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Obama’s Brave New World

Countdown: McAuthentic The Joker + Complaining About Media

Dandelion Salad

July 17, 2008

videocafeblog

McAuthentic The Joker

Keith reports on John McCain’s “jokes” and Rachel Maddow weighs in on the media’s response to them.

McCain Campaign Complaining About Media Coverage

Keith reports on the McCain campaign whining about the media coverage Barack Obama is getting on his trip overseas. Dana Milbank weighs in.

Bushed!

Tonight’s: Library-Gate, Justice-Gate and Appeasement-Gate.

Worst Person

And the winner is….Bill O’Reilly. Runners up John Ashcroft and the TSA.

Suicide Bombing in Anbar (link; graphic pics)

Dandelion Salad

http://www.zoriah.net/blog/
June 30, 2008

Suicide Bombing in Anbar – Eye Witness Account – Iraq War Photographer Diary – Graphic Images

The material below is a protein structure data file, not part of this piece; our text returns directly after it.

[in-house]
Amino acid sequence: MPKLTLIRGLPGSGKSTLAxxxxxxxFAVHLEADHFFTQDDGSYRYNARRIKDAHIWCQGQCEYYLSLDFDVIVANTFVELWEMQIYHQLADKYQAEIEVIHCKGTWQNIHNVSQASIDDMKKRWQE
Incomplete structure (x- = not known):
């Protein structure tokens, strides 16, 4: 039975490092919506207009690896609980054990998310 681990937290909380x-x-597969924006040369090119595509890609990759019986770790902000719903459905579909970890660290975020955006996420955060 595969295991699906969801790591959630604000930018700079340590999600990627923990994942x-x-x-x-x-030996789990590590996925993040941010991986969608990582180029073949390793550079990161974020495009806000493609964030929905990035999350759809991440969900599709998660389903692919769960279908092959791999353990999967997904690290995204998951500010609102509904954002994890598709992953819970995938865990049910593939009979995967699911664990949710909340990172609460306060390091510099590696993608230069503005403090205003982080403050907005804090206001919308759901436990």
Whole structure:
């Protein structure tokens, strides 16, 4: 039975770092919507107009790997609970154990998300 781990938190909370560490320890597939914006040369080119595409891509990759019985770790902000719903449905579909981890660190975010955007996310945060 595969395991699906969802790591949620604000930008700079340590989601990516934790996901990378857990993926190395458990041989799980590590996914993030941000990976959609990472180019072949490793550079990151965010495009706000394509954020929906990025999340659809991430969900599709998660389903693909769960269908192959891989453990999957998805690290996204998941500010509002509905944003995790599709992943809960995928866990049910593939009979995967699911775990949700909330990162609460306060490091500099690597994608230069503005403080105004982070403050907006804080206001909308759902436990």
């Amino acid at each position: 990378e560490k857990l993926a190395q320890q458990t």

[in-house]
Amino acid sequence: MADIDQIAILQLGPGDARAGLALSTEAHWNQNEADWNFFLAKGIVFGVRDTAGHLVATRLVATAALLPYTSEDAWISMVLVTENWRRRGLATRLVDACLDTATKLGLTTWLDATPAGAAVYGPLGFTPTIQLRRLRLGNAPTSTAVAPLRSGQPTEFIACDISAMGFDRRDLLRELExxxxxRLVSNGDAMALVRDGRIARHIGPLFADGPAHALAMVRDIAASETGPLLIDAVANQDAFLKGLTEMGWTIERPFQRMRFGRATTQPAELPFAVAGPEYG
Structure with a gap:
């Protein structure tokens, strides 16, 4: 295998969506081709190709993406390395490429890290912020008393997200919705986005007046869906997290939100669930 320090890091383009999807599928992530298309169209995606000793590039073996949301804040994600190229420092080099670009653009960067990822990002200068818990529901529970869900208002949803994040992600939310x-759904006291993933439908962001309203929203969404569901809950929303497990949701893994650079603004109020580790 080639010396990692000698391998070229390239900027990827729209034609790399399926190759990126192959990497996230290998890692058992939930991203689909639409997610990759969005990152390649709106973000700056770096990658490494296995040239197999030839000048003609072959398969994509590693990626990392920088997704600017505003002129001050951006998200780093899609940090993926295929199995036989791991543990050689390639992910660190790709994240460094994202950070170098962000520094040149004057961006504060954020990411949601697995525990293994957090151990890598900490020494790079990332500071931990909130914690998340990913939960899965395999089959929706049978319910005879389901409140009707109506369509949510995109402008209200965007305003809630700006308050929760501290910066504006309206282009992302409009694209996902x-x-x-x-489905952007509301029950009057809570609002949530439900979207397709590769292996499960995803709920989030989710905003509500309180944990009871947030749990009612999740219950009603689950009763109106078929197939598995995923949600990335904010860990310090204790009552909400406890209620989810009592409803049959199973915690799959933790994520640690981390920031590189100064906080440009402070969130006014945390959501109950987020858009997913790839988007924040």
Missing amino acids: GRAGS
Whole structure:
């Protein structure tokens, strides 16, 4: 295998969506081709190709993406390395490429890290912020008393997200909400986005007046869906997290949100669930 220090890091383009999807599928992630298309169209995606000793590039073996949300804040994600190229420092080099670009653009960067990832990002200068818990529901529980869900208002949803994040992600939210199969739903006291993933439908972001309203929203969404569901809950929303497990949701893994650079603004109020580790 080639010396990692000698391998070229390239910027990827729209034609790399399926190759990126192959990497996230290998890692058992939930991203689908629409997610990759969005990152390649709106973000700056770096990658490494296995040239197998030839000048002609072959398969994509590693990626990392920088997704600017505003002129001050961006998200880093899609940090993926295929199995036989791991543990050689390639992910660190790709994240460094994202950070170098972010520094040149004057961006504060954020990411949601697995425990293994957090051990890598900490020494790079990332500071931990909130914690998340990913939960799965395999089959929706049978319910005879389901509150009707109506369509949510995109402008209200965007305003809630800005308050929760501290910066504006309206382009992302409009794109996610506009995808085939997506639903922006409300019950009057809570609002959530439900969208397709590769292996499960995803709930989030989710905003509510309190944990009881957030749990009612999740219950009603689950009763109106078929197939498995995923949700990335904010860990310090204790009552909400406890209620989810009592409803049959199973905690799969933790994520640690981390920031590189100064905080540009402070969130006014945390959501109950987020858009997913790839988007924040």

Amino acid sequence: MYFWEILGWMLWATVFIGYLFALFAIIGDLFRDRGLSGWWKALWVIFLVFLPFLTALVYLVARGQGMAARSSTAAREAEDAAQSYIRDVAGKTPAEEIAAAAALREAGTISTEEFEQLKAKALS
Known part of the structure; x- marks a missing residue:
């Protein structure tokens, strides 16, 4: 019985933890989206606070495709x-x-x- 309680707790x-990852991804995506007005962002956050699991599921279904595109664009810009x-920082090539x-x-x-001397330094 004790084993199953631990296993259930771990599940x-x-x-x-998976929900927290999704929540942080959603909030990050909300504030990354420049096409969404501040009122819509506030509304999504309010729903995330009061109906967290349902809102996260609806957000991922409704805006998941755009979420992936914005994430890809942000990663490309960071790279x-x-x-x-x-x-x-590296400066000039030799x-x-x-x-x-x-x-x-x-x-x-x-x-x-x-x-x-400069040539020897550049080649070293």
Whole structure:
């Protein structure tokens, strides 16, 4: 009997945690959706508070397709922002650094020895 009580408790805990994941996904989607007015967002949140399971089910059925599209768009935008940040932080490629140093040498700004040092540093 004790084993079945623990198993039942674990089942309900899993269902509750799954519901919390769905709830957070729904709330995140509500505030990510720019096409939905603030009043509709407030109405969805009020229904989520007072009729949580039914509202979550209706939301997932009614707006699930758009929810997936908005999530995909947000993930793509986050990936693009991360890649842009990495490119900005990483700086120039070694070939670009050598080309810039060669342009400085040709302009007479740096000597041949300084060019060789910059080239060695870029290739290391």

On Thursday, June 26th, I witnessed the immediate aftermath of an Al-Qaeda suicide bomb attack.  Several dozen people lost their lives… children, old men, civilians, police, and military men.  The scene was horrific beyond words, even for someone like me who has a fairly high threshold for such things.

I found it nearly impossible to look through the viewfinder.  What I saw was abhorently graphic, yet far too important for the world to ignore.  I present images that provide an uncensored view of a terrible event, and some small measure of dignity to those who lost their lives.

…continued

h/t: After Downing Street

David Sirota: The Uprising on Lou Dobbs + Town Hall Meetings

Dandelion Salad

davidsirota

I appeared on CNN’s Lou Dobbs Tonight to discuss my new book, THE UPRISING, in the context of the housing and credit market crises.